We are starting to see terminology form around this space. I am hopelessly biased because we have been creating designs based on never-deleting-anything for many years now. I like the terms "time-based repository" and the term "automatic audit trail". Others like the terms "temporal database", "provenance system", "journal-based repository"...and the new kid on the block (no pun intended!) - the block chain.

The block-chain, when all is said and done, is a design based on never-throwing-away anything *combined* with providing a trust-free mechanism for observers of the audit-trail to be able to have confidence in what they see.

There is lots of hype at present around block chain and with hype comes the inevitable "silver bullet" phase where all sorts of problems not really suited to the block-chain paradigm are shoe-horned into it because it is the new thing.

When the smoke clears around block chain - which it will - I believe we will see many interesting application designs emerge which break away completely from the backup-and-delete models of a previous economic era.

Monday, January 25, 2016

The biggest IT changes in the last 5 years: Multi-gadget User Interfaces

In the early days of mobile computing, the dominant vision was to get your application suite on "any device, at any time". Single purpose devices such as SMS messengers, email-only messengers faded from popularity, largely replaced by mobile gadgets that could, at least in principle, do every thing that a good old fashioned desktop computer could do.

Operating system visions started to pop up everywhere aimed at enabling a single user experience across a suite of productivity applications, regardless of form-factor, weight etc.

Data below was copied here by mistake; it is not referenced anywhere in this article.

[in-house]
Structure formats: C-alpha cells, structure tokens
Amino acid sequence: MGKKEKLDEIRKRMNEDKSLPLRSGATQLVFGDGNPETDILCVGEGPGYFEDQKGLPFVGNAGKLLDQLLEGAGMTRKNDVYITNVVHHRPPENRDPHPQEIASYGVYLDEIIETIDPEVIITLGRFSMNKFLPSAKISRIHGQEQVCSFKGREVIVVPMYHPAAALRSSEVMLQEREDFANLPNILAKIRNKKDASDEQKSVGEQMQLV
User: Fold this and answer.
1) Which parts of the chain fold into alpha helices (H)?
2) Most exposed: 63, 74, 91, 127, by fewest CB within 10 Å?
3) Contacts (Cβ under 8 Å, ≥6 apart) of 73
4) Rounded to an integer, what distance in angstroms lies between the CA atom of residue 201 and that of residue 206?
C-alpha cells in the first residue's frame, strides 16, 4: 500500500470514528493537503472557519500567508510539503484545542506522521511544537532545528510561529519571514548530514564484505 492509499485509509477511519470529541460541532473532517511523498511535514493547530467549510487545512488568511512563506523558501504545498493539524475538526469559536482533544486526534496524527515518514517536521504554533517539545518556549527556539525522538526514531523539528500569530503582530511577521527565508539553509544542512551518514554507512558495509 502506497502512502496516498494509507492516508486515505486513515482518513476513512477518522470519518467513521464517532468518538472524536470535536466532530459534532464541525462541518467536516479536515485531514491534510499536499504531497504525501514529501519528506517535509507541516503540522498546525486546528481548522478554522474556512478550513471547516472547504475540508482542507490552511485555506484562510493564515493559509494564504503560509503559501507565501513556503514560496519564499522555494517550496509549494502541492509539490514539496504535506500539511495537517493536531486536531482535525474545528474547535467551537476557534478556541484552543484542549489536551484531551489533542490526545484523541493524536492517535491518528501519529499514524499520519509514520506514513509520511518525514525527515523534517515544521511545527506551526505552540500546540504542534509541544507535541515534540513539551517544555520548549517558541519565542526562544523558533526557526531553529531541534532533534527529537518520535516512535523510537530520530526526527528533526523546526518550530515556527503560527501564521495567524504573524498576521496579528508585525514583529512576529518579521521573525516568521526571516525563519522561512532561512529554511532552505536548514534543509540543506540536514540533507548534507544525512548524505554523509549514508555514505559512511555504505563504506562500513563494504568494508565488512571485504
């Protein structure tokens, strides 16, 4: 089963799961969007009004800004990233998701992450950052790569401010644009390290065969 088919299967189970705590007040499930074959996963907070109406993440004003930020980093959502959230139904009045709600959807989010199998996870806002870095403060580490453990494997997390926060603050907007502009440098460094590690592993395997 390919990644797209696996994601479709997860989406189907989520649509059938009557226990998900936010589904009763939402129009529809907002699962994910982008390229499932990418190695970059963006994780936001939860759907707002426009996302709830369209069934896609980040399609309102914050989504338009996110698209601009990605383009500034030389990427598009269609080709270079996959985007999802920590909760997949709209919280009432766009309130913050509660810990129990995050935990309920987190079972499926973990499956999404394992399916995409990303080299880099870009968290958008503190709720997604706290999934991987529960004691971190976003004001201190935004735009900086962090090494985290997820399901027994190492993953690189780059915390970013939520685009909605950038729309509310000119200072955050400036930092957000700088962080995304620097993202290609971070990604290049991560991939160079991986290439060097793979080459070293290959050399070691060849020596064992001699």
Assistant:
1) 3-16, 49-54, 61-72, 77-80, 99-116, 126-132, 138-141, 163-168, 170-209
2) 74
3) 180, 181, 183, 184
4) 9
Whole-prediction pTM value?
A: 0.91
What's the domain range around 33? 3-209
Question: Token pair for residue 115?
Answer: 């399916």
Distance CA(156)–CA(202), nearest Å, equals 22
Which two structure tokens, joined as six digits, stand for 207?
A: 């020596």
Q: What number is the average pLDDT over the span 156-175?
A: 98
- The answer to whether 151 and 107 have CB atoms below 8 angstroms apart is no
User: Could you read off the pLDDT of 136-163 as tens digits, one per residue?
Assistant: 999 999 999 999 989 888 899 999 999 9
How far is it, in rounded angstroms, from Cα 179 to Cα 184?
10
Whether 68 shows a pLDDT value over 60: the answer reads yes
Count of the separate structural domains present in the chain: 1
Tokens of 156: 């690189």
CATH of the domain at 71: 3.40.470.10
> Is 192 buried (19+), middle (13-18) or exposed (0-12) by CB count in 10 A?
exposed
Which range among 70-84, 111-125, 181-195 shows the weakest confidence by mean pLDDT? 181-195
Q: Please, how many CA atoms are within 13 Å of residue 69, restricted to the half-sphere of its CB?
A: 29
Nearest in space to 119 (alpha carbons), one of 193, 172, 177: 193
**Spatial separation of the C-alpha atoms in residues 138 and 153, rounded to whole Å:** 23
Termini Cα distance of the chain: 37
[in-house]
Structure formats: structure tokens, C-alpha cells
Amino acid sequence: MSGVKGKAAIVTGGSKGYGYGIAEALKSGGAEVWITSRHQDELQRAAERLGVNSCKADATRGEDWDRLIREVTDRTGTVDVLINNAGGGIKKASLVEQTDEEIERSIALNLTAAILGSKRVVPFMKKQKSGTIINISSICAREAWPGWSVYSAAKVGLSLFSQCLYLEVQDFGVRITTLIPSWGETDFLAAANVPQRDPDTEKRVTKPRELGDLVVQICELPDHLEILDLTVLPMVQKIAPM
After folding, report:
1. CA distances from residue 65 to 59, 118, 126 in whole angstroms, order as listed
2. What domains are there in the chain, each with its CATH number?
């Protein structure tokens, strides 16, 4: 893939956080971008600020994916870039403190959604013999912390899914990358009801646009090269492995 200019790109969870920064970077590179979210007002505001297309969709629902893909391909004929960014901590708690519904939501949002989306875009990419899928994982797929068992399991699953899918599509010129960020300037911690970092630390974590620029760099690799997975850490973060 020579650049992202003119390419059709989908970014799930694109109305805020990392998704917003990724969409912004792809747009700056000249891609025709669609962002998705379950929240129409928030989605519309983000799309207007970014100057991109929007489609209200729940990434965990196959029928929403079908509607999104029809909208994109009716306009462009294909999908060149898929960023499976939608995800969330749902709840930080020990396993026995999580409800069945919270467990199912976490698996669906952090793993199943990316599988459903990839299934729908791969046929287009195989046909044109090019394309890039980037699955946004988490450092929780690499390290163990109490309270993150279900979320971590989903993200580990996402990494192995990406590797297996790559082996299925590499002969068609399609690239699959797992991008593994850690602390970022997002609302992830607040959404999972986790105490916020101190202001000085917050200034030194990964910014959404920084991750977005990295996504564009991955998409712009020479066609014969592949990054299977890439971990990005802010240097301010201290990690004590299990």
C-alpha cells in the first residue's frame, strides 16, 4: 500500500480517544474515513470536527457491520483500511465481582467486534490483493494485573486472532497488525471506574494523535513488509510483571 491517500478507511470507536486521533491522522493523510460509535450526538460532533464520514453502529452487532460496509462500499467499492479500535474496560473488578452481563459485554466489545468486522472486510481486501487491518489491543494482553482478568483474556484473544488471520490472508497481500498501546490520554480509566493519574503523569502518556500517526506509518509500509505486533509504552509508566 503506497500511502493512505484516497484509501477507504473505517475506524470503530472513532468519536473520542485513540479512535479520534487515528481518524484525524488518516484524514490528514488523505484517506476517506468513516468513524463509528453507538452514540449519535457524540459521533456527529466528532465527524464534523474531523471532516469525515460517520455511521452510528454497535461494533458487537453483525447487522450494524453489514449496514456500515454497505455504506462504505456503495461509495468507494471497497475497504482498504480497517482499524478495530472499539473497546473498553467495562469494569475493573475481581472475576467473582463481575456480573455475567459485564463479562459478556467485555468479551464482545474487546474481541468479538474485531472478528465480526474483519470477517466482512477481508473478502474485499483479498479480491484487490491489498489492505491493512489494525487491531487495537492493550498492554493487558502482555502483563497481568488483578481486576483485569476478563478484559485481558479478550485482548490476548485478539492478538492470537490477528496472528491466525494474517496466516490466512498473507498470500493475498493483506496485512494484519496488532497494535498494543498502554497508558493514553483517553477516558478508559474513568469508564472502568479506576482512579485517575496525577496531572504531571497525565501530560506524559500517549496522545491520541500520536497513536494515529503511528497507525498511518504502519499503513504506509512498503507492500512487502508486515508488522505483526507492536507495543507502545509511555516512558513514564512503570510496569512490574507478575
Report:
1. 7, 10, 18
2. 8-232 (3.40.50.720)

Things (as ever!) have turned out a little differently. Particular form factors e.g. smart phone, tend to be used as the *primary* device for a subset of the users full application suite. Moreover, many users like to use multiple form-factors *at the same time*.

Some examples from my own experiences. I can do e-mail on my phone but I choose to do it on my desktop most of the time. I will do weird things like e-mail myself when on-the-road, using a basic e-mail sender, to essentially put myself in my own in-box. (Incidentally, my in-box is my main daily GTD focus. I can make notes to myself on my desktop but I tend to accumulate notes on my smart phone. I keep my note-taker-app open on the phone even when I am at the desktop computer and often pick it up to make notes.

I can watch Youtube videos on my desktop but tend to queue up videos instead and then pick them off one-by-one from my smart-phone, trying to fit as many of them into "down time" as I can. Ditto with podcasts. I have a TV that has all sorts of "desktop PC" aspects from web browsers to social media clients but I don't use any of it. I prefer to use my smartphone (sometimes my tablet) while in couch-potato mode and will often multi-task my attention between the smartphone/tablet and the TV. I find it increasingly annoying to have to sit through advertizing breaks on TV and automatically flick to smartphone/tablet for ad breaks.

I suspect there is a growing trend towards a suite of modalities (smartphone, tablet, smart TV, smart car) and a suite of applications that in practical use, have smaller functionality overlaps than the "any device, at any time" vision of the early days would have predicted. A second, related trend is increasingly common use-cases where users are wielding multiple devices *at the same time* to achieve tasks.

Each of us in this digital world, is becoming a mini-cloud of computing power hooked together over a common WIFI hub or a bluetooth connection or a physical wire. As we move from home to car to train to office and back again, we reconfigure our own little mini-cloud to get things done. The trend towards smartphones becoming remote controls for all sorts of other digital gadgets is accelerating this.

I suspect that the inevitable result of all of this is that application developers will increasingly have to factor in the idea that the "user interface" may be a hybrid mosaic of gadgets, rather than any one gadget. With some gadgets being the primary for certain functionality.